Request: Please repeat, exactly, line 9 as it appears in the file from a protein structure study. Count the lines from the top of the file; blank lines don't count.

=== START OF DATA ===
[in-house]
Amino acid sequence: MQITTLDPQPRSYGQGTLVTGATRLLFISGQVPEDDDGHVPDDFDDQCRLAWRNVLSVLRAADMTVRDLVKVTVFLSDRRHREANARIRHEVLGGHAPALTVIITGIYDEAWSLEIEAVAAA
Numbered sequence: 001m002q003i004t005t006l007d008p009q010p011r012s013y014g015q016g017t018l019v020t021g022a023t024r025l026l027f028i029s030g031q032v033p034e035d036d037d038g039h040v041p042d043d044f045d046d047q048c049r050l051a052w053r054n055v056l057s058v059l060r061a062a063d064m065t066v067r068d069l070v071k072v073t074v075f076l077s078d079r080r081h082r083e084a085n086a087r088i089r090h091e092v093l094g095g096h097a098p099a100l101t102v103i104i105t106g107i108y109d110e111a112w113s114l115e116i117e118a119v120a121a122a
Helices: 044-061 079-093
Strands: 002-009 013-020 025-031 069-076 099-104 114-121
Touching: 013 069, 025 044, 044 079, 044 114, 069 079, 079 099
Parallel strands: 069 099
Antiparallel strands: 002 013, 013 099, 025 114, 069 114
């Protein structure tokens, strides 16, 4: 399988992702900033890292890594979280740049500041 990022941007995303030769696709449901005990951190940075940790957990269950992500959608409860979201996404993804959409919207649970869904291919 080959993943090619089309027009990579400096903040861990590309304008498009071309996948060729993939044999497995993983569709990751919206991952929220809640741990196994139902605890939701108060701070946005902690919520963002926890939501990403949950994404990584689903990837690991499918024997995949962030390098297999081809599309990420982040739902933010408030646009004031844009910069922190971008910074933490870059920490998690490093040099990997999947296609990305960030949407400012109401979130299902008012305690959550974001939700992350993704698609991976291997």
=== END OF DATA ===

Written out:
């Protein structure tokens, strides 16, 4: 399988992702900033890292890594979280740049500041 990022941007995303030769696709449901005990951190940075940790957990269950992500959608409860979201996404993804959409919207649970869904291919 080959993943090619089309027009990579400096903040861990590309304008498009071309996948060729993939044999497995993983569709990751919206991952929220809640741990196994139902605890939701108060701070946005902690919520963002926890939501990403949950994404990584689903990837690991499918024997995949962030390098297999081809599309990420982040739902933010408030646009004031844009910069922190971008910074933490870059920490998690490093040099990997999947296609990305960030949407400012109401979130299902008012305690959550974001939700992350993704698609991976291997």